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    • Originally posted by doom_Oo7 View Post
      I will get bashed, but I really enjoy Unity, Gnome 3 and Windows 8's modern ui.
      I am both a programmer and a user; it would not come to my mind to use anything other than i3 while coding or doing serious stuff on my computer, but for everything else, I put my computer in tablet mode (it's a transformer book). Obviously i3 doesn't work fine here, and you need big buttons to do stuff, but it's been about 6 / 7 months and I couldn't return to browsing websites or reading PDFs / ebooks in a keyboard + mouse only mode (it's a pain on my non-touch desktop).

      I would also gladly use Plasma Active if it did work :'(
      I use a free-spin scroll wheel (available on logitech high-end mouses) and I will never change back (or I will, but only reluctantly).
      It's really nice for browsing/reading.

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      • Originally posted by doom_Oo7 View Post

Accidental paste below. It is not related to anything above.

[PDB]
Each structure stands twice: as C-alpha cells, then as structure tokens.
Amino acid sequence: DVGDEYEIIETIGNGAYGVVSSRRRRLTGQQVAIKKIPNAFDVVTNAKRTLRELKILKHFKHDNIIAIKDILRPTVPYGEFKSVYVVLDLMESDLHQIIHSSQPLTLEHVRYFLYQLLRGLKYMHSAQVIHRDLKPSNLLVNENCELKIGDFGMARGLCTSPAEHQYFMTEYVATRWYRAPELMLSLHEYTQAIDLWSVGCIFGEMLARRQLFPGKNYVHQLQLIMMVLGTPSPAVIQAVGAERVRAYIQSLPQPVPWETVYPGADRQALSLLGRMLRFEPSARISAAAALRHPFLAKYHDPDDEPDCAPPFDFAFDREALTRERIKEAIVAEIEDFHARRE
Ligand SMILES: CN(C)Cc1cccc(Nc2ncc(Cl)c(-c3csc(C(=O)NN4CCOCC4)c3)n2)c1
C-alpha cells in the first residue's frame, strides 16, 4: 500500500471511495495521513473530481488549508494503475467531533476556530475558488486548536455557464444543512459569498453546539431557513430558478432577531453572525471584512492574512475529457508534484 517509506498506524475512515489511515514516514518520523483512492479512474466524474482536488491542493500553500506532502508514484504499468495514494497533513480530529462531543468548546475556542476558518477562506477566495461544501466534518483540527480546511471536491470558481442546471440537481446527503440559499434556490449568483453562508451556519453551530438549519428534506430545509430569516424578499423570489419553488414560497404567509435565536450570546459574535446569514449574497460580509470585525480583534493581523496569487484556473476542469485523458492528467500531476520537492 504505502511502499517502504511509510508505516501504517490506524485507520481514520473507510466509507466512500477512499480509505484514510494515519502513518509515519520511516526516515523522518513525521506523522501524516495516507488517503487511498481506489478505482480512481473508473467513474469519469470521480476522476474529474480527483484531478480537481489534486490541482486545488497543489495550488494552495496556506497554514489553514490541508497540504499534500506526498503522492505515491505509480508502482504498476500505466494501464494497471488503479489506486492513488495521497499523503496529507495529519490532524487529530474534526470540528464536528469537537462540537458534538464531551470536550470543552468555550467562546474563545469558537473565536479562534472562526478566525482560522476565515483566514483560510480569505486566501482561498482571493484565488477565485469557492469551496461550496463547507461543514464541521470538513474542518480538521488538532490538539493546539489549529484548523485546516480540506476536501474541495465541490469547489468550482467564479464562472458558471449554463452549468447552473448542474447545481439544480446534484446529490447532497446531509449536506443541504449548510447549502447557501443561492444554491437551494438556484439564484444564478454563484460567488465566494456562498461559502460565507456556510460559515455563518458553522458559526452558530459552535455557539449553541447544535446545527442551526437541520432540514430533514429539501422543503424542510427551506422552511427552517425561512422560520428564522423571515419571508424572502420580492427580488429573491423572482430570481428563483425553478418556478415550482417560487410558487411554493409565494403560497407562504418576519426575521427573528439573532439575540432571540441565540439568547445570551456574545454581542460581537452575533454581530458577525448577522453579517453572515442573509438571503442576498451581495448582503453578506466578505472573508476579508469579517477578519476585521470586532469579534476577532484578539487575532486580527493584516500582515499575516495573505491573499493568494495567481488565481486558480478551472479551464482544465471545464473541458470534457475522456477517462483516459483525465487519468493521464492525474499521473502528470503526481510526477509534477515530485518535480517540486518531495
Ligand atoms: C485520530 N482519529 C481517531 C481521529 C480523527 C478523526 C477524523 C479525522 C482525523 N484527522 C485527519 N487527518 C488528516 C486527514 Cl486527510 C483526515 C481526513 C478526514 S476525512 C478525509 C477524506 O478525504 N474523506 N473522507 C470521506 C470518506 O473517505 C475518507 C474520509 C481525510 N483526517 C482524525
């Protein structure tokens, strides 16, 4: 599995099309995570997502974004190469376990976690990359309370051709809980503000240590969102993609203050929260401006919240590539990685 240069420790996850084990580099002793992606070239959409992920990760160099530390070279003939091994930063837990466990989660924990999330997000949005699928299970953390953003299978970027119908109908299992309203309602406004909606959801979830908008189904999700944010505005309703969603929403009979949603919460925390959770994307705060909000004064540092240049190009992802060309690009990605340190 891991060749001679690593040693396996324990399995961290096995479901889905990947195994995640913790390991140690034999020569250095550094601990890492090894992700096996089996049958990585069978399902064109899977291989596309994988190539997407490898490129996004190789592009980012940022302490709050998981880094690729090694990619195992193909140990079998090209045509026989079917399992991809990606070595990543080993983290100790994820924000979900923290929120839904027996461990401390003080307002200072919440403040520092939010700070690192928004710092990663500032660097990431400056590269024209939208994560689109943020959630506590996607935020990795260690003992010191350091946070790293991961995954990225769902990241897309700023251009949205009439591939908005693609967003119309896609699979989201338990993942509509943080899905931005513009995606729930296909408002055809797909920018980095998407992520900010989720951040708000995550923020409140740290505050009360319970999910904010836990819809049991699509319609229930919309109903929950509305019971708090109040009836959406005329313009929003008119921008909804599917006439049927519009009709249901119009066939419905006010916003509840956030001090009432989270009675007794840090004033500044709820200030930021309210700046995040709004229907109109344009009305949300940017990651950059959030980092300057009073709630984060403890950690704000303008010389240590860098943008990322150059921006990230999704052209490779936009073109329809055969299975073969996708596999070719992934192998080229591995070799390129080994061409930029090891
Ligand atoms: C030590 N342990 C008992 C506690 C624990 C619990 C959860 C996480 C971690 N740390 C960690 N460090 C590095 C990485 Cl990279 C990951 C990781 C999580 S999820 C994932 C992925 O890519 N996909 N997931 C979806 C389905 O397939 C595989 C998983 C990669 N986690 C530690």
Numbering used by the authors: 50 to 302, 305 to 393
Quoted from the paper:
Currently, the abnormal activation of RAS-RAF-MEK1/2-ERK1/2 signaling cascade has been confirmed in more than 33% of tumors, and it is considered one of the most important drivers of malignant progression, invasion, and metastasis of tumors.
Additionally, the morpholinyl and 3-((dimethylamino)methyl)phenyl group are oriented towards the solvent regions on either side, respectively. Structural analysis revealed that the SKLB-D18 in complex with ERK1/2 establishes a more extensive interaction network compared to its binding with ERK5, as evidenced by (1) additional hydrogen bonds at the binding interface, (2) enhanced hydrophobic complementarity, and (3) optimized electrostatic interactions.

Yes, that's already what I have planned, I had too much trouble with updates (even if it's once a year), using debian testing, so I guess it must be about the same for ubuntu...

        A few weeks ago, I put it on my girlfriend's computer, and some days ago she told me she had the shutdown not working.
        So I check and find that updates were not done for a while. So I fire up apt-get dist-upgrade, reboot and... TADAA gdm wouldn't even show up.
        I had to dpkg-reconfigure xorg manually in order to get X back.

        I plan to put Zorin OS for my parents, since they are quite leery of everything not windowsy, and perform an update manually for every major version change only, while checking before that some apps they use don't get broken.
        I've always had Zorin OS get completely broken after a simple system upgrade -- so I kept my family running official Ubuntu flavours -- always the latest bleeding edge version. I've actually never had a problem with them breaking over the last year, even with four distro upgrades (currently 14.04 beta).

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        • Originally posted by Michael_S View Post
          I recently had a colossal .xlsx file I had to modify for work. Google Sheets couldn't open it due to the size. LibreOffice, Calligra Sheets, and Gnumeric could open the file but each would lose some of the contents when I tried to save it. So I'm stuck booting into Windows to work on that file too.